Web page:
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December 6, 1984


The opinion of the court was delivered by: VANARTSDALEN


 This action has been brought by a prisoner in a state prison for a deprivation of his constitutional rights. By memorandum and order dated January 3, 1983, I denied defendant's motion for summary judgment. On July 3, 1984, the Supreme Court filed its opinion in Hudson v. Palmer, 468 U.S. 517, 104 S. Ct. 3194, 82 L. Ed. 2d 393 (1984). Because the facts and contended constitutional deprivations in Hudson v. Palmer appeared similar to those in the present case, by order dated July 18, 1984, I authorized either party to file a renewed motion for summary judgment. The defendant has filed such a motion, and appointed counsel for plaintiff has filed a reply brief.

 In Hudson, the plaintiff had been convicted of a felony in state court and was serving a sentence of imprisonment in a state penal institution. The Supreme Court summarized the facts as follows:

On September 16, 1981, petitioner Hudson, an officer at the Correctional Center, with a fellow officer, conducted a "shakedown" search of respondent's prison locker and cell for contraband. During the "shakedown," the officers discovered a ripped pillowcase in a trashcan near respondent's cell bunk. Charges against Palmer were instituted under the prison disciplinary procedures for destroying state property. After a hearing, Palmer was found guilty on the charge and was ordered to reimburse the State for the cost of the material destroyed; in addition, a reprimand was entered on his prison record.
Palmer subsequently brought this pro se action in United States District Court under 42 U.S.C. § 1983. Respondent claimed that Hudson had conducted the shakedown search of his cell and had brought a false charge against him solely to harass him, and that, in violation of his Fourteenth Amendment right not to be deprived of property without due process of law, Hudson had intentionally destroyed certain of his noncontraband personal property during the September 16 search.

 104 S. Ct. at 3197. The Supreme Court upheld the district court's summary judgment in favor of the defendant. The Court held that the fourth amendment proscription against unreasonable searches does not apply to searches of prison cells, id. at 3198-202, and that the intentional deprivation of a prisoner's property by a state employee did not violate the due process clause where there was an adequate postdeprivation state law remedy. Id. at 3202-05.

 In the present case, the plaintiff is an inmate at the State Correctional Institution at Graterford, Pennsylvania (Graterford). Defendant is a captain of guards at Graterford and also was the chairman of the prison disciplinary hearing committee that heard charges against plaintiff. During an inspection of plaintiff's prison cell, a torn bed sheet owned by the state, was found stuffed in a window of the cell. As a result of this discovery, plaintiff was charged with a Class I misconduct for possession of contraband (the torn sheet) and destruction of state property. The defendant was found guilty of the charges, assessed $6.40 for the cost of the sheet, and given an official reprimand.

 The parties are in dispute as to what transpired at the disciplinary hearing. Plaintiff, in his affidavit asserts:

Defendant Clark informed me that I had to pay for the mentioned bed sheet at a cost of $6.40. And I refused. Thereafter, defendant Clark threatened to freez [sic] my inmate account; and if I attempted to open my mouth and say anything else before the hearing was over I would be sent to R.H.U. (the hole). Then I was furthered [sic] threatened by Clark to sign a cash slips [sic] releasing $6.40 from my account to pay for the bed sheet or else be placed in the hole. It was not explained to me where this money would go.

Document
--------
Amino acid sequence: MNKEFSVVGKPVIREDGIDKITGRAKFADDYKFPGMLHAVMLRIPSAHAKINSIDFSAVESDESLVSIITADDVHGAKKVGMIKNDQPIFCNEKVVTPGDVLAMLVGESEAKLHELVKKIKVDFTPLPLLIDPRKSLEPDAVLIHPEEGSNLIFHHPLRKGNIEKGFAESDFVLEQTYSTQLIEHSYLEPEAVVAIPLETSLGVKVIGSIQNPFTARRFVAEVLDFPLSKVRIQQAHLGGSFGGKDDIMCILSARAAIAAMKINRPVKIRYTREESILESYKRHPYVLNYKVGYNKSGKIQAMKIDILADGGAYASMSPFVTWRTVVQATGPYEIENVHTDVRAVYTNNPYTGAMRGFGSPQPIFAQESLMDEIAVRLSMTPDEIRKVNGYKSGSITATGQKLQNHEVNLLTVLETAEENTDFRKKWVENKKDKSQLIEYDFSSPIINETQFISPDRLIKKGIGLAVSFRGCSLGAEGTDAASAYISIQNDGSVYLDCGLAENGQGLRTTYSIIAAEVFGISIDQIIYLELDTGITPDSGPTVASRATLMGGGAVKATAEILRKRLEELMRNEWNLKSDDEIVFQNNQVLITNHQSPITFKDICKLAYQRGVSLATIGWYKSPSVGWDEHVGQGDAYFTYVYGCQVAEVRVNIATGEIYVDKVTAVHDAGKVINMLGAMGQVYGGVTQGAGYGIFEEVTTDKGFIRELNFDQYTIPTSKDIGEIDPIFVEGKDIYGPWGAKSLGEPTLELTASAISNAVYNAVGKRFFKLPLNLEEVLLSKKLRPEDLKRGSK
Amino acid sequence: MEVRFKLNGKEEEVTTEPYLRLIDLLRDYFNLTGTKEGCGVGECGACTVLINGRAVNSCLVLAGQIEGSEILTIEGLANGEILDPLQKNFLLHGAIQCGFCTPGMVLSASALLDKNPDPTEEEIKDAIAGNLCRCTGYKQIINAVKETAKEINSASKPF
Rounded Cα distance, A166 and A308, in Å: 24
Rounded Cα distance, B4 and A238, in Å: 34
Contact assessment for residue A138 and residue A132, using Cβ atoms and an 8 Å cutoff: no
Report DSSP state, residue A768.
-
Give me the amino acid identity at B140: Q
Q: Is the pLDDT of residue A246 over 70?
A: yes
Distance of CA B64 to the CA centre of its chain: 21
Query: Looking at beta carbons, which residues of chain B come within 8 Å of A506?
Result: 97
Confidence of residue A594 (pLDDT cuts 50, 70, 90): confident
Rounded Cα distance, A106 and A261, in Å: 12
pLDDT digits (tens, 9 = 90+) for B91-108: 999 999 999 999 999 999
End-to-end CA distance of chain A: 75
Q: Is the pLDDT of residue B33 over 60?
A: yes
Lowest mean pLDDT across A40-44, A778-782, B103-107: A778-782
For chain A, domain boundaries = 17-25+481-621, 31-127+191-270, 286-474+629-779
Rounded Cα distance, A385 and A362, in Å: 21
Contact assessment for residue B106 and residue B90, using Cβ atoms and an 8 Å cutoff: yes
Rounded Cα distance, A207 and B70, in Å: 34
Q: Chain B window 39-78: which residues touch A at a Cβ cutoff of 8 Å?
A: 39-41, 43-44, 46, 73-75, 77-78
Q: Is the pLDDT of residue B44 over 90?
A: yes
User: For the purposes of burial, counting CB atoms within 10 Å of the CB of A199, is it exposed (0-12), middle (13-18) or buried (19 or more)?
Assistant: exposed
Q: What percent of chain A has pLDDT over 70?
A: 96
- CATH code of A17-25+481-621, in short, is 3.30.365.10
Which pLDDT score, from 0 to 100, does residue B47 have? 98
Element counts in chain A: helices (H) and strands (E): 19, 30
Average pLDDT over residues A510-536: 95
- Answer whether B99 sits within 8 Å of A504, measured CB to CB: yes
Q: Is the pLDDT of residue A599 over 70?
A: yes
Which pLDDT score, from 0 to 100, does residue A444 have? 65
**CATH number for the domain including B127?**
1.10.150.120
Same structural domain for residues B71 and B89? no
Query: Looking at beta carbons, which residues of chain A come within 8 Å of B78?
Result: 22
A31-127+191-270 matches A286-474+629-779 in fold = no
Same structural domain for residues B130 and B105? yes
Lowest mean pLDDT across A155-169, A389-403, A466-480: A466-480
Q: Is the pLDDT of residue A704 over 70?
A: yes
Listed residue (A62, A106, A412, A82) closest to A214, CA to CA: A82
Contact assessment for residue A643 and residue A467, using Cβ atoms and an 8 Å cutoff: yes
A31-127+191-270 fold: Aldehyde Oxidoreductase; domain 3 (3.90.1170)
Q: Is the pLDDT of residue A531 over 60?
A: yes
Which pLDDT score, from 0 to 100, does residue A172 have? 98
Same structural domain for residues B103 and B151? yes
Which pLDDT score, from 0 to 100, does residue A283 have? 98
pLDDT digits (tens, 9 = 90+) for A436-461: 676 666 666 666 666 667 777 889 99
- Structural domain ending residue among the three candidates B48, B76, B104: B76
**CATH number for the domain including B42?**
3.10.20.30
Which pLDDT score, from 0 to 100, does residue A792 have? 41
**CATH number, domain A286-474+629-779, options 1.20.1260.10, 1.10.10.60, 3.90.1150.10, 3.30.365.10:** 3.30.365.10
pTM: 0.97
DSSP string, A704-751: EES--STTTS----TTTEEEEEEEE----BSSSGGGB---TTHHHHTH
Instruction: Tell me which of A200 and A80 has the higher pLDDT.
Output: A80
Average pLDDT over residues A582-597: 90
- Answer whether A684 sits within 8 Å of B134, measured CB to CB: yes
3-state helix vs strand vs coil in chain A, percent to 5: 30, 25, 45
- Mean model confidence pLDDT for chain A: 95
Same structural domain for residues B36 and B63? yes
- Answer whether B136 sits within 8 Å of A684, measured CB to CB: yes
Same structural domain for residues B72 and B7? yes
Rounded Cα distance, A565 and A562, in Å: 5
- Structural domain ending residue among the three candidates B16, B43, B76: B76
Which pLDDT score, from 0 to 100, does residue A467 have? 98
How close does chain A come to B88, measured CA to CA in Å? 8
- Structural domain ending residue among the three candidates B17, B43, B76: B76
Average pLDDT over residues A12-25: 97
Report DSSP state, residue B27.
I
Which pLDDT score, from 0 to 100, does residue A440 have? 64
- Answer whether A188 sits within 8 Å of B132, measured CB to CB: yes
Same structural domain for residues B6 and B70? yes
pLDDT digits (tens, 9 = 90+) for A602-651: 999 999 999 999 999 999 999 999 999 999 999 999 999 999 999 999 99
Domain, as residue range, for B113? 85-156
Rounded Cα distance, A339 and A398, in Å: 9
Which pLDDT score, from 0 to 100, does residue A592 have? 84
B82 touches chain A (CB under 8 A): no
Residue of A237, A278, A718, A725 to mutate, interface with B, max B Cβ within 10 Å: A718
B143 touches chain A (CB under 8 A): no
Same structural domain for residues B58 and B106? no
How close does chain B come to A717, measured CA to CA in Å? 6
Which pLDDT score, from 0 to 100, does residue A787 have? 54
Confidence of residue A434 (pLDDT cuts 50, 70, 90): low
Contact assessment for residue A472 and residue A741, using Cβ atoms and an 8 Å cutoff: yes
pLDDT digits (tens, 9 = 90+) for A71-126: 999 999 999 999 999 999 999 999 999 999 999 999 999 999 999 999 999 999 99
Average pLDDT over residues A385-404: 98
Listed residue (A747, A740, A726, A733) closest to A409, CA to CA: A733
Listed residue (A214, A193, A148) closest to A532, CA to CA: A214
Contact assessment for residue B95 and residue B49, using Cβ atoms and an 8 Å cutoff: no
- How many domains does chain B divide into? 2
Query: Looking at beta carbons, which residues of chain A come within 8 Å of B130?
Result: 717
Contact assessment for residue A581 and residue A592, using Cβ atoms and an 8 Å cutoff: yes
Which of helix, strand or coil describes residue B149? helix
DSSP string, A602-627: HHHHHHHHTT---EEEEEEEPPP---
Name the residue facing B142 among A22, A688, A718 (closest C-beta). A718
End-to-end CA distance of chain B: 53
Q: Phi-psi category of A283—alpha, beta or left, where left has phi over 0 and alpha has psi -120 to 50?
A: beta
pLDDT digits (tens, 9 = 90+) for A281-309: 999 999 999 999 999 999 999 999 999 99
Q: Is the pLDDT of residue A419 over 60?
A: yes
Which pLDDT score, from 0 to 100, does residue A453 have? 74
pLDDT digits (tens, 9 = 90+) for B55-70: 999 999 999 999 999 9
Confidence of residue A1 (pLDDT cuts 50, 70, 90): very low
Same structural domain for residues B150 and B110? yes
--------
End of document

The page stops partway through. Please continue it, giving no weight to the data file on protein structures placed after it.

Plaintiff in his complaint avers that, because of defendant's threats, he did sign papers placed before him authorizing that $6.40 be released from his prison account to pay the assessment.

 In a section 1983 action, the initial inquiry must focus on whether two essential elements are present: "(1) whether the conduct complained of was committed by a person acting under color of state law; and (2) whether this conduct deprived a person of rights, privileges, or immunities secured by the Constitution or laws of the United States." Parratt v. Taylor, 451 U.S. 527, 535, 68 L. Ed. 2d 420, 101 S. Ct. 1908 (1981). It is well established that prison officials acting in their official capacities are acting under color of state law. Id. at 535-36. The first element of a section 1983 claim, therefore, is satisfied.

 With respect to the second element, Jones claims that his right to due process has been violated. The fourteenth amendment provides that no state shall "deprive any person of life, liberty, or property, without due process of law." U.S. Const. amend. XIV, § 1. *fn1" In order to make out a valid due process claim, a plaintiff initially must establish three elements: (1) the existence of a protected life, liberty or property interest; (2) a deprivation of that protected interest; and (3) state action effecting the deprivation of the protected interest. See Parratt v. Taylor, 451 U.S. at 536-37.

 In the present case, the state action requirement is clearly met. Defendant acted in his official capacity as a state prison employee in the alleged deprivations. Just as such action is under color of state law for purposes of section 1983 liability, it is state action for purposes of the due process clause. Id. at 536. See generally Rendell-Baker v. Kohn, 457 U.S. 830, 73 L. Ed. 2d 418, 102 S. Ct. 2764 (1982); Lugar v. Edmondson Oil Co., 457 U.S. 922, 102 S. Ct. 2744, ...

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